Alberta regulator wants feedback on how to handle physician-assisted dying

The organization that regulates Alberta doctors says it is taking a “conservative” approach to the issue of physician-assisted death.

EDMONTON — The organization that regulates Alberta doctors says it is taking a “conservative” approach to the issue of physician-assisted death.

The College of Physicians and Surgeons has released what it calls a “draft advice document” that focuses on issues such as consent and on the right of doctors who for religious or moral reasons don’t want to help a patient to end their life.

The document follows a Supreme Court ruling last February that struck down the federal law against physician-assisted dying for competent adult patients enduring intolerable suffering.

“Physicians should err on the side of caution during this time of legislative uncertainty,” reads one of the guiding principles in the college’s advice document.

“Physicians’ right to freedom of conscience should be respected,” reads another.

Other guidelines include that doctors have an obligation not to abandon their patients or obstruct access to legally permissible health services.

Dr. Trevor Theman, the college’s registrar, said it wants feedback from medical professionals and the public before it updates the policy in December.

He said it is important to tread carefully.

“We think that physicians should be conservative in terms of offering the service and in their discussions with patients,” Theman said Wednesday.

“One of the risks, to be quite blunt about this, to the medical profession, is that we lose the public trust or the public trust is damaged if physicians are not very careful how they take on this new authority, this new duty.”

Theman gave two examples of Alberta’s approach in interpreting the Supreme Court ruling.

The college said the high court did not define what it means by a “competent adult.” The college said it is defining competent adult as someone who can legally give consent, which excludes anyone under the age of 18, including mature minors.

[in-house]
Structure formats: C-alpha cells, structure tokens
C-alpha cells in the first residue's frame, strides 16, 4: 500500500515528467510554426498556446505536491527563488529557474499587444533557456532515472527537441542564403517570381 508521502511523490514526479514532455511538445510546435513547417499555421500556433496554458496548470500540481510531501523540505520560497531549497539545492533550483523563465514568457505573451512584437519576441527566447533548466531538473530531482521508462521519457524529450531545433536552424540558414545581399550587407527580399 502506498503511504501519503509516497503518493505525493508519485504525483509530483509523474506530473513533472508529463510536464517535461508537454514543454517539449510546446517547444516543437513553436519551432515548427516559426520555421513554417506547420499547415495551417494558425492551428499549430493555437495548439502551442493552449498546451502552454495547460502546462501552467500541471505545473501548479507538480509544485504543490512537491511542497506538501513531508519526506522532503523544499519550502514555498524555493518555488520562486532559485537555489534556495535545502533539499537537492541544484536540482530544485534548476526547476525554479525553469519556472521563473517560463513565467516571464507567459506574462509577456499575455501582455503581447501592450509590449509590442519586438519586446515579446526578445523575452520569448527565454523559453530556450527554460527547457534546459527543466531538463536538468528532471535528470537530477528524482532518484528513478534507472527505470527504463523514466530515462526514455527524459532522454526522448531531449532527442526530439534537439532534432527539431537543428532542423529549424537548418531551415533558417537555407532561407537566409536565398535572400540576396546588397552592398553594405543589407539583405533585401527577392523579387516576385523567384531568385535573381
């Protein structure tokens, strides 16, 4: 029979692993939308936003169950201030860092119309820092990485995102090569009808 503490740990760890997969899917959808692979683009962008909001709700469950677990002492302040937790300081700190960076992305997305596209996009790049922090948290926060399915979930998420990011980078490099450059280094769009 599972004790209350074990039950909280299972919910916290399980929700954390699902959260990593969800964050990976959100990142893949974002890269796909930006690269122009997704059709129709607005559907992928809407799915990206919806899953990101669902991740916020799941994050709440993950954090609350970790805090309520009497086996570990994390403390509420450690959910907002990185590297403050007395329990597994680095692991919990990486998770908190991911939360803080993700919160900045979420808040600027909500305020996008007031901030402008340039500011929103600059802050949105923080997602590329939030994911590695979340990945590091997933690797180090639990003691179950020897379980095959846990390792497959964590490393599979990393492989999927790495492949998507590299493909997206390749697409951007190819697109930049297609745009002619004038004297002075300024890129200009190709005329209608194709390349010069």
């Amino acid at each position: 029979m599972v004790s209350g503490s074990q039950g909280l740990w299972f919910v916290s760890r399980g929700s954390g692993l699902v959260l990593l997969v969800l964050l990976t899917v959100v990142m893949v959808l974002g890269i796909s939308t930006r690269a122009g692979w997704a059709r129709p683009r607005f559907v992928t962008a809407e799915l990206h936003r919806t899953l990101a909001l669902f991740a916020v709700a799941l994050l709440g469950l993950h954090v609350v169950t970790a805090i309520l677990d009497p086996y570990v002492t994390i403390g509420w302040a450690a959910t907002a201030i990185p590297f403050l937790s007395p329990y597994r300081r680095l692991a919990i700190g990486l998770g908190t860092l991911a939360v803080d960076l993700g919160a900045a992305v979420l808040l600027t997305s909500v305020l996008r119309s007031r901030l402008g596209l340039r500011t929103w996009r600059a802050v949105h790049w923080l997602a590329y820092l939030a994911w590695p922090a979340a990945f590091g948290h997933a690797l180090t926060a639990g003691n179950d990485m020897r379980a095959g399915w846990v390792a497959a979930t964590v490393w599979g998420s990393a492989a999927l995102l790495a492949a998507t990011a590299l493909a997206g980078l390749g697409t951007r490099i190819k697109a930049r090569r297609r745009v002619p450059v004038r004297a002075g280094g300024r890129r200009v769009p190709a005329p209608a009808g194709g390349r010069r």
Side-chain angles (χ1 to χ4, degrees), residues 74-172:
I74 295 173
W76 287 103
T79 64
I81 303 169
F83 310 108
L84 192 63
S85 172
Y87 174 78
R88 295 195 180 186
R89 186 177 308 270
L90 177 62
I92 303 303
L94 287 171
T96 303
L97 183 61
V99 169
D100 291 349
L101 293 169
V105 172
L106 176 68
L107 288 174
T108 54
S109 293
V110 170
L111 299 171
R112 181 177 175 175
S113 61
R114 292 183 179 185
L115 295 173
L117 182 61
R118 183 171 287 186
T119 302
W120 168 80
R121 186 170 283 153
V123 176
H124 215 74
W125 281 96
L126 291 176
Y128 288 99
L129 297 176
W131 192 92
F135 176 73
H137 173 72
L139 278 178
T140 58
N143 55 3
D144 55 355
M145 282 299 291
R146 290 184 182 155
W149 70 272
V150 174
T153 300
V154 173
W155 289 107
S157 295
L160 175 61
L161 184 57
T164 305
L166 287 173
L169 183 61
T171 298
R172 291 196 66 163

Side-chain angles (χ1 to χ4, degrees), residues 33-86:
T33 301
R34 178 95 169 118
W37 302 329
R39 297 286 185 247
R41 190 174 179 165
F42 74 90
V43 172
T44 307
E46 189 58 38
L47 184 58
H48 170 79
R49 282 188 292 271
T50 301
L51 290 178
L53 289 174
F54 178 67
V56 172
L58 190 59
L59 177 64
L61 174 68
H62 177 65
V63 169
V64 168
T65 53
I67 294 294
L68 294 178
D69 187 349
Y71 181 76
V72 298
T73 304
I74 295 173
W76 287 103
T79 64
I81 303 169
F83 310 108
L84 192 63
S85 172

Theman also said advanced directives, in which a family member or agent could request a doctor’s help with dying for someone who is not competent to speak for themselves, would be excluded in Alberta.

Alberta’s advice document comes as physician regulators and medical groups across Canada grapple with how to deal with physician-assisted dying.

Earlier this month, Quebec’s physician regulator announced it is developing a guide for practitioners that is to include what drugs to use for patients who seek help to end their lives.

Last year, Quebec became the first jurisdiction in Canada to legalize medical aid in dying for mentally competent patients who meet a strict set of criteria.

The Canadian Medical Association released its own set of draft principles in May and has been receiving feedback.

Dr. Jeff Blackmer, an association vice-president, said the challenges include how to ensure patient access while respecting the rights of physicians who don’t want to participate.

“We have heard certainly that there is a lot of angst within the medical community,” he said.

Blackmer said the association plans to firm up its document next month and present it to the federal government after the Oct. 19 election.

The Supreme Court suspended its ruling for one year to give Ottawa time to craft and pass new legislation.

Blackmer said the association is worried about the possibility of provinces coming up with a patchwork of different guidelines.

“That is a huge concern for us,” he said. “You really don’t want to see an inconsistent approach across the different provinces.”

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